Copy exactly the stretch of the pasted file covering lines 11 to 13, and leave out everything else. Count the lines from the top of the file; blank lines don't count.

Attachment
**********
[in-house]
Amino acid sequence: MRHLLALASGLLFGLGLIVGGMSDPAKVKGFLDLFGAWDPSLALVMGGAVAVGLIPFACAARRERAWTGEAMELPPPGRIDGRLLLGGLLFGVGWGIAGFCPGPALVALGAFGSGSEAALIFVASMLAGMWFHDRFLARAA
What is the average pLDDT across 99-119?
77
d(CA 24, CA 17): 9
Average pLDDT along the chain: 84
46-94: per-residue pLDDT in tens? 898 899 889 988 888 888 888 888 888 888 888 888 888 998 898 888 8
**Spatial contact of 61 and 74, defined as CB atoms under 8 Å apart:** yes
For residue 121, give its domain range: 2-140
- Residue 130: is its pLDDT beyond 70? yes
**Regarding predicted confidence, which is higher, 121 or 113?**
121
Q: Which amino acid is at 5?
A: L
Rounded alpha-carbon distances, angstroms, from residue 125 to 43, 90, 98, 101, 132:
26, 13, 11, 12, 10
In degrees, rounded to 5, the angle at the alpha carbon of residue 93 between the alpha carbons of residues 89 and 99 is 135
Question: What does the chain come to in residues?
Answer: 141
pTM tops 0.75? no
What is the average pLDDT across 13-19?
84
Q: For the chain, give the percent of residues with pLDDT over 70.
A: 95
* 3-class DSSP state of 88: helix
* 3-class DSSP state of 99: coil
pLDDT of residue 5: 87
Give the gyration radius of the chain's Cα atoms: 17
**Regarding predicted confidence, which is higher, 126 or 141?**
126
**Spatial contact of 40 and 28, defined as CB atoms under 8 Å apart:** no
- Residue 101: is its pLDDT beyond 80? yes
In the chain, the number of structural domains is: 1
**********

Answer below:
**Regarding predicted confidence, which is higher, 121 or 113?**
121
Q: Which amino acid is at 5?